The Ties that Bind: Knowledge-Sharing Networks and Auditor Job Performance
51 Pages Posted: 12 Dec 2017 Last revised: 17 Apr 2020
Date Written: December 8, 2017
The dissemination of knowledge in audit firms is a critical process that has gone relatively unexamined by researchers. Using social network analysis to quantify the knowledge-seeking networks in a Big 4 audit firm in the U.S., we examine the association between the types and patterns of knowledge-seeking ties and individual auditor performance. Our initial finding is that auditor job performance is negatively associated with the number of knowledge-seeking ties. Further, our analyses demonstrate that this negative association is being driven by explicit knowledge-seeking rather than tacit knowledge-seeking activities and is stronger for higher-ranked auditors. Thus, knowledge-seeking by auditors may come at a cost, particularly when that knowledge is codifiable and when the seeking is done by those at higher levels of the firm. We also find that tacit knowledge sought from managers is beneficial for auditor performance, while tacit knowledge sought from senior managers and partners is detrimental, suggesting that who auditors seek knowledge from is important for performance. Our findings may assist researchers to better understand how auditors leverage their social connections to learn, which in turn may affect audit efficiency and effectiveness. Further, audit firms might benefit from better understanding the sources of useful knowledge and use it to make decisions that maximize desirable information flows.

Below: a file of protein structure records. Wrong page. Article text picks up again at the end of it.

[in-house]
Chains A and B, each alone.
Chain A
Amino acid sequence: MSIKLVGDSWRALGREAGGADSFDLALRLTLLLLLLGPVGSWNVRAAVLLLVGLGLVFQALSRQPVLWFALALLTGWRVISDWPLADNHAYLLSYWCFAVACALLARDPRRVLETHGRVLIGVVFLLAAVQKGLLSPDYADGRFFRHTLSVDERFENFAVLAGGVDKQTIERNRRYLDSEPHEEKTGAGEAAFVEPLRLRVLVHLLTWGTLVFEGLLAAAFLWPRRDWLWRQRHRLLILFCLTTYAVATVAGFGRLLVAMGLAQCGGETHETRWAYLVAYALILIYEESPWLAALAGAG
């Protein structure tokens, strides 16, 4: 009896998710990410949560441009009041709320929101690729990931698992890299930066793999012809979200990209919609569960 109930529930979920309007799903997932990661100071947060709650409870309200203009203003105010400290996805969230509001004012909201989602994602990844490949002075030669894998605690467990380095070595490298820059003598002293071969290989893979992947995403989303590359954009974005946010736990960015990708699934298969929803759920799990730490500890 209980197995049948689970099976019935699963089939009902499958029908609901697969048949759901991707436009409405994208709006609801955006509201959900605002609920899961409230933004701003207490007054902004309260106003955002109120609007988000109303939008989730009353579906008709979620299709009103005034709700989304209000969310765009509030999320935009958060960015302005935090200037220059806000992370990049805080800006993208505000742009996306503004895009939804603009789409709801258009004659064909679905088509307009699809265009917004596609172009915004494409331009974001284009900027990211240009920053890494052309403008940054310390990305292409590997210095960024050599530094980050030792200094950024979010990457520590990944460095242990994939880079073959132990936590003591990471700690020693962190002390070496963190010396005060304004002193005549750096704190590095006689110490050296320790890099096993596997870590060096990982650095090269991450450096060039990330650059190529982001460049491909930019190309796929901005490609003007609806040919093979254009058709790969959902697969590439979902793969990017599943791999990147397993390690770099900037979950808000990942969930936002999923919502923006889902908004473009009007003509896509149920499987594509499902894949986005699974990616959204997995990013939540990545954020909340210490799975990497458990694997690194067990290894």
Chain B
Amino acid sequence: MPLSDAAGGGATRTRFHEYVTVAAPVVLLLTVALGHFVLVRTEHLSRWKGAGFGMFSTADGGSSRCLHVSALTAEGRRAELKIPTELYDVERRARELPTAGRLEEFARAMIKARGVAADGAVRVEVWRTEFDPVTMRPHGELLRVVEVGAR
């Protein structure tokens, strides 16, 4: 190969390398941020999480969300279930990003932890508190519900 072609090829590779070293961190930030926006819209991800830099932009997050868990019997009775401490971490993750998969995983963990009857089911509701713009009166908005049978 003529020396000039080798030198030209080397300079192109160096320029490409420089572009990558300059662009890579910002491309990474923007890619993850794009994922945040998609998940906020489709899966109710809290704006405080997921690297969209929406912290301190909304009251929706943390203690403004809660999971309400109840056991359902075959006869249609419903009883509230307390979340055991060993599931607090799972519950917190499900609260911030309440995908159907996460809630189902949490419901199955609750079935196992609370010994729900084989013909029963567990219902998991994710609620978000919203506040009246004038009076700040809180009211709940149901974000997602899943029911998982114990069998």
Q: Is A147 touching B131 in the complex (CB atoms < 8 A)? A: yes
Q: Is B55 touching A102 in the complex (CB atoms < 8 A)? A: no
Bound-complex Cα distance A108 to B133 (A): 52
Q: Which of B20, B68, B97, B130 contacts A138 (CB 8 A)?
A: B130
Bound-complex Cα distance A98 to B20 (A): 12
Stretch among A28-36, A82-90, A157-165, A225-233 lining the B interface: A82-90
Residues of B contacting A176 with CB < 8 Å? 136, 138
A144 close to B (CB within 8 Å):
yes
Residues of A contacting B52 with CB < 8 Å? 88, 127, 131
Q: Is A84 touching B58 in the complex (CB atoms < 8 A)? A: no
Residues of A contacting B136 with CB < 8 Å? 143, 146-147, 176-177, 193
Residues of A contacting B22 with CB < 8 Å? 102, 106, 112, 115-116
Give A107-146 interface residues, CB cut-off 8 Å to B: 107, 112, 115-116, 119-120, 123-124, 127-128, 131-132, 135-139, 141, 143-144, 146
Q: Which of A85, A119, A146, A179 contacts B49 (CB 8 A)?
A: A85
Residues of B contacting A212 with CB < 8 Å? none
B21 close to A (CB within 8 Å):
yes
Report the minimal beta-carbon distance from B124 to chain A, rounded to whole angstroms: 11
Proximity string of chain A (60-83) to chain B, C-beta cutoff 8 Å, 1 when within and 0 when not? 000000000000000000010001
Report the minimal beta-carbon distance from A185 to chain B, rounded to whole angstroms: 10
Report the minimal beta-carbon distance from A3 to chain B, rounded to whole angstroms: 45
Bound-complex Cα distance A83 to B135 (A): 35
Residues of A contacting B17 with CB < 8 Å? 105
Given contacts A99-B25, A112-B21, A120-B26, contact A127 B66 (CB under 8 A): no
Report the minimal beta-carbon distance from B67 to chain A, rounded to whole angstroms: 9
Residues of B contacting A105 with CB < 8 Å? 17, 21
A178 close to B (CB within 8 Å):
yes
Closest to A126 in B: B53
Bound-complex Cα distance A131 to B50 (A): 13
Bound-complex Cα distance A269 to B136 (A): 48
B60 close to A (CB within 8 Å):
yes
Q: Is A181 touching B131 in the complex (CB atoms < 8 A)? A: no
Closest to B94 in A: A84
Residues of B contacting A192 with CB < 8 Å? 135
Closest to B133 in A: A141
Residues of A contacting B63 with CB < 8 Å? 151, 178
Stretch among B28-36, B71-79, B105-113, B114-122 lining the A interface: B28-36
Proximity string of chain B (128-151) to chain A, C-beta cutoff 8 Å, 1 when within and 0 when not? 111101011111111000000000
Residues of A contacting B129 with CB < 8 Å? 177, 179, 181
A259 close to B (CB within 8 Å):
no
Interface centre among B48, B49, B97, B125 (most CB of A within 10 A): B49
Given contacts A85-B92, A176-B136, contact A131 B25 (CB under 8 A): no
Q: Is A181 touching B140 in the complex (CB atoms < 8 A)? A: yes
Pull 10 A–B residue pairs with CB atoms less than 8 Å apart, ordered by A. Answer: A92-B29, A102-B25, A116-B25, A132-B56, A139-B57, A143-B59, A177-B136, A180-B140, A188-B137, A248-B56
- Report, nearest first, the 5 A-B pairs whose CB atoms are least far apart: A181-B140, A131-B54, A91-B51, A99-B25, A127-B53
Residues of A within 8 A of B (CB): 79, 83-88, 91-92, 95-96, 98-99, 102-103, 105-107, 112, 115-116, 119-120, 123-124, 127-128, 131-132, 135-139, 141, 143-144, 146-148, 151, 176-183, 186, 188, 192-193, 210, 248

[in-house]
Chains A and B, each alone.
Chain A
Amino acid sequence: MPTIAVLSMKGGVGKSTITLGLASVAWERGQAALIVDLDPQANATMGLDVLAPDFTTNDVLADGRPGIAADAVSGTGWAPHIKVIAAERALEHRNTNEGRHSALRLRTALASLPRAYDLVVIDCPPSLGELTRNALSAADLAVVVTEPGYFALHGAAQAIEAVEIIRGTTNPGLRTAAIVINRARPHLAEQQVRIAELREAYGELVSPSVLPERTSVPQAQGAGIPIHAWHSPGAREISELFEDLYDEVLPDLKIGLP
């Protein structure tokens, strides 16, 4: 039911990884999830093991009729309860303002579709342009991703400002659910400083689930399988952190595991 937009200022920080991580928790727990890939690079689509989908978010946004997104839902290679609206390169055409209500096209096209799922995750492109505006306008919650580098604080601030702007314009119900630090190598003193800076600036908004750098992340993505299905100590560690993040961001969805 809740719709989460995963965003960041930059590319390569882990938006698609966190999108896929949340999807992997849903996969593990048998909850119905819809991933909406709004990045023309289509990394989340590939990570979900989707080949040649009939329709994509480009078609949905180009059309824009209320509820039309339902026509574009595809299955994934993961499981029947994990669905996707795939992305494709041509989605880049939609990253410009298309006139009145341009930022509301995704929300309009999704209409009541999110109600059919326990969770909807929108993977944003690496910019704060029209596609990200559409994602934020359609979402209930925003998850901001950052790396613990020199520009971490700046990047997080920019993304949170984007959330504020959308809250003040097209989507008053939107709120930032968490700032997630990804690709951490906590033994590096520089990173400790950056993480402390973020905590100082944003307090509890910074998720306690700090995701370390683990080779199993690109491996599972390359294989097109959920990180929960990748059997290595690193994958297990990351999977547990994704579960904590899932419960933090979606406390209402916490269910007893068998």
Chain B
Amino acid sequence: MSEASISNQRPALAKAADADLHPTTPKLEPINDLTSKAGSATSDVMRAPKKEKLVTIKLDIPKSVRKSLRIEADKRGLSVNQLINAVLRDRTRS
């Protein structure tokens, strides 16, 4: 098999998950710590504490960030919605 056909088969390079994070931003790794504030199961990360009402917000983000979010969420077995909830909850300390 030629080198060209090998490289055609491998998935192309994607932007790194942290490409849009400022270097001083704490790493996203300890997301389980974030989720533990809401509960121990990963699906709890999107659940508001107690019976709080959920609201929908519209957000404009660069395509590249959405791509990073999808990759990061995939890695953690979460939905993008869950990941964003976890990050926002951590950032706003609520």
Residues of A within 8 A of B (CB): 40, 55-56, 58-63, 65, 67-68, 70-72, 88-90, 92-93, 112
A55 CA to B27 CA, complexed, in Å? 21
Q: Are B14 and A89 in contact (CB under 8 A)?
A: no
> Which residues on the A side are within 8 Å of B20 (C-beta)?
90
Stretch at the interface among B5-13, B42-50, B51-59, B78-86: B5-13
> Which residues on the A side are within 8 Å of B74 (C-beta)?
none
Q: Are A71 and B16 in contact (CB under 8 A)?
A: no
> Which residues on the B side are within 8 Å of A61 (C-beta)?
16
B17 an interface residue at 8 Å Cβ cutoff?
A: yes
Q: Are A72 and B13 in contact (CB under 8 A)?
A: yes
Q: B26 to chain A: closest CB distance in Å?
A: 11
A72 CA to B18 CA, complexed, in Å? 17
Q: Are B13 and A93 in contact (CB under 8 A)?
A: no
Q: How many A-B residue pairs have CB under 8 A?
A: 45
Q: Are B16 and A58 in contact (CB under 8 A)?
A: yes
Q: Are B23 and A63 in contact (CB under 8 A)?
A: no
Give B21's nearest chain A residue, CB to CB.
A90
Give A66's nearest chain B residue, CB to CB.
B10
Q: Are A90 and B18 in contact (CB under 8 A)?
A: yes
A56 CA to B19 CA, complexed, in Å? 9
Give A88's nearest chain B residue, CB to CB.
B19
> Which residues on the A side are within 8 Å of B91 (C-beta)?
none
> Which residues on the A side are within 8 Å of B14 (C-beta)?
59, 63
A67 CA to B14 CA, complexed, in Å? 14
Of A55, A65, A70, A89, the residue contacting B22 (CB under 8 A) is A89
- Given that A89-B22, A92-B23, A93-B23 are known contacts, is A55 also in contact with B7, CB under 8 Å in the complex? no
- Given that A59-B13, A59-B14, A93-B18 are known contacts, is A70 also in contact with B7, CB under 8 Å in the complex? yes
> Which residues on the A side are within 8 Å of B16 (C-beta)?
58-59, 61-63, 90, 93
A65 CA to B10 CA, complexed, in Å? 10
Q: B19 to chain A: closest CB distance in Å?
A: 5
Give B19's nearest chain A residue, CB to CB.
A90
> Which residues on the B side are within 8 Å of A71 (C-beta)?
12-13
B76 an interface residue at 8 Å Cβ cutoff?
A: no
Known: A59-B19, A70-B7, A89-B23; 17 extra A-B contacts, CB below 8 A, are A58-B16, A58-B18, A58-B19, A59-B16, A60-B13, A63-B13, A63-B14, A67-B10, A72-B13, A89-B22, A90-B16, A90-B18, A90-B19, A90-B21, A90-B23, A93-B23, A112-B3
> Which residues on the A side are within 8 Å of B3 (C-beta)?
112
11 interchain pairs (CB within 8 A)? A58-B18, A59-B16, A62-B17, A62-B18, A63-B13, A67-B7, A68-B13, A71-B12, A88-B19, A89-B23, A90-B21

Keywords: Social Networks, Knowledge-Sharing, Auditor Performance
JEL Classification: M42
Suggested Citation: Suggested Citation